Croatia was a country we’d both wanted to visit since we don’t know much about it. Our visit served to show us we were right about our ignorance and barely satisfied our instant taste for the glorious sunshine, stunning beaches, cheap beer, great pizzas and interesting history and architecture.
We hired a car and headed out of Split airport on the main road south to our base on the Makarska Riviera, Baska Voda. We passed through towns, resort hubs, cities and all the way were accompanied with the breathtaking views across the water on our right and as we got closer, the Biokovo Mountains loomed and seemed to grow in front of our eyes, rising ever higher on our left. This view would become familiar during our time as we ran up and down the main highway between towns seeking out beaches, restaurants and sightseeing.
Most days we found ourselves back at Medici and its perfect little strip of sand set away from the tiny town languishing in sunshine all day. We may have also stumbled upon the best lunch deal ever: a giant vegetarian pizza, including zucchini stings and corn kernels (which do crop up everywhere), and a litre of Croatian-and-very-good-thank-you beer, all for around £8. Thanks to Venetian influence in the past, Croatia does great pizza.
We also visited the beach at Baska Voda…along with lots and several and many other people, thankfully it stretches for lots and several and many metres and is covered by rentable sun loungers and fringed with open-air bars. We found a spot and settled our air beds for a day on the pebbles. The water all around is absolutely crystal clear but even so, walking around on the rocky bottom is still fraught with the certainty you’ll fall over trying to make your way in or out of the waves…even with reef sandals on. In its favour is the fact you don’t get sand in every cranny including some you didn’t know you had.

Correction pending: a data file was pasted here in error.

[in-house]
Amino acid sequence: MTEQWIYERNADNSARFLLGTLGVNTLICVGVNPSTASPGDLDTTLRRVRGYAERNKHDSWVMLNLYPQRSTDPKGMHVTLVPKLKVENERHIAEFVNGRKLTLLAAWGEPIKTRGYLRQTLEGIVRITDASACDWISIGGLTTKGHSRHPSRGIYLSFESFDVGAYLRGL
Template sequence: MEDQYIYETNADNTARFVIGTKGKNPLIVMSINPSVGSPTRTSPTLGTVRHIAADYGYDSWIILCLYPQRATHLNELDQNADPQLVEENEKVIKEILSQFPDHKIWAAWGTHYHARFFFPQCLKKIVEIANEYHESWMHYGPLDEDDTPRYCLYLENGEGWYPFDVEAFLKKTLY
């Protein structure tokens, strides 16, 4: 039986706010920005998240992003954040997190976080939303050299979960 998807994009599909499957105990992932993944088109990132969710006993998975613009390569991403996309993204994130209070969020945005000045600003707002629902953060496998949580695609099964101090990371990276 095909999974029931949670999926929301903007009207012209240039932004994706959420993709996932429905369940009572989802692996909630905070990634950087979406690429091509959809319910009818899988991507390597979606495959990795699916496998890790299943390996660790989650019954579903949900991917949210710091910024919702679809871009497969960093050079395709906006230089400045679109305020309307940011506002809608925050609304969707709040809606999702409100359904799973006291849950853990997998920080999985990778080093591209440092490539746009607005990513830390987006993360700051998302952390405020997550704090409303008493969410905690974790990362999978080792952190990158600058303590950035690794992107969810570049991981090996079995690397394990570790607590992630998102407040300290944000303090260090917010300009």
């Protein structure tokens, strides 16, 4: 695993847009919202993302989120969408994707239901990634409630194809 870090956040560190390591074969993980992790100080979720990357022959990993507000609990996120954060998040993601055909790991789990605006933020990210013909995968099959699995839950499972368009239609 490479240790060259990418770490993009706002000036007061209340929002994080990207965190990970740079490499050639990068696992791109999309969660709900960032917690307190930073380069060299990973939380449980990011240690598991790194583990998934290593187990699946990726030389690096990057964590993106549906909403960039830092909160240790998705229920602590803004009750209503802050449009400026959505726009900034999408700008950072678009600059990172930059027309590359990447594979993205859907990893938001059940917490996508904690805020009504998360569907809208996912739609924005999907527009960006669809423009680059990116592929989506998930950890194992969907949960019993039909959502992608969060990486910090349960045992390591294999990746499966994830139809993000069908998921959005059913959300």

We did manage to tear ourselves away from the air beds for a fish picnic boat trip to Hvar Island. It was a long couple of hours to get from Baska Voda and Brela to Hvar due to head winds constantly beating us up. When they deemed the seas was calm enough they served up bread, cheese and ham which we practically inhaled and washed down with watery white wine. It was barely after 10am…somewhere in the world at least.
We arrived into Jelsa on the northern side of the island and were loaded onto a bus to head past lavender fields and farms to Hvar town. A gorgeous old port town with 13th century walls, a hilltop fortress and a main square overlooked by the Renaissance-era Hvar Cathedral. We found our way up to the fortress that dominated the hill climbing up through narrow stone alleys and many steps past quaint cafes and restaurants.
The views over the water and out to the Pakleni Islands were amazing and as we climbed just kept opening up wider. Inside the fortress we checked out the prison with its tiny stone cells, gave Julie a heart attack when I gasped as my hat blew off in the wind, ranged all over the various rooms and turrets and terraces. Between the historical fortress under our feet and the expansive views all around, it made the trek uphill completely worth the effort.
Back down to the square and we strolled through the cobblestone alleys that gave a new view of gorgeous old buildings around each corner. We peeked in the jewelry shops and finally picked up some supplies to sit and make crisp sandwiches while people-watching on the main square. Julie picked up some fruit from the market as we returned to the bus and back to the boat. On the trip home we were served our fish picnic…prior to this I had said I was vegetarian since I’m not fond of whole fried fish. Jugs of watery white wine and juice appeared, plus bread and a mountain of sliced cabbage. Then out came the fish and then my meal…apparently vegetarian in Croatian is a plate of even more cabbage and slabs of cheese. Then they brought out grilled chicken!! Felt so cheated but didn’t want to tarnish the idea I’d called myself vegetarian by tucking into chicken. Serves me right for not asking if the menu for a fish picnic stretched a little further than fish.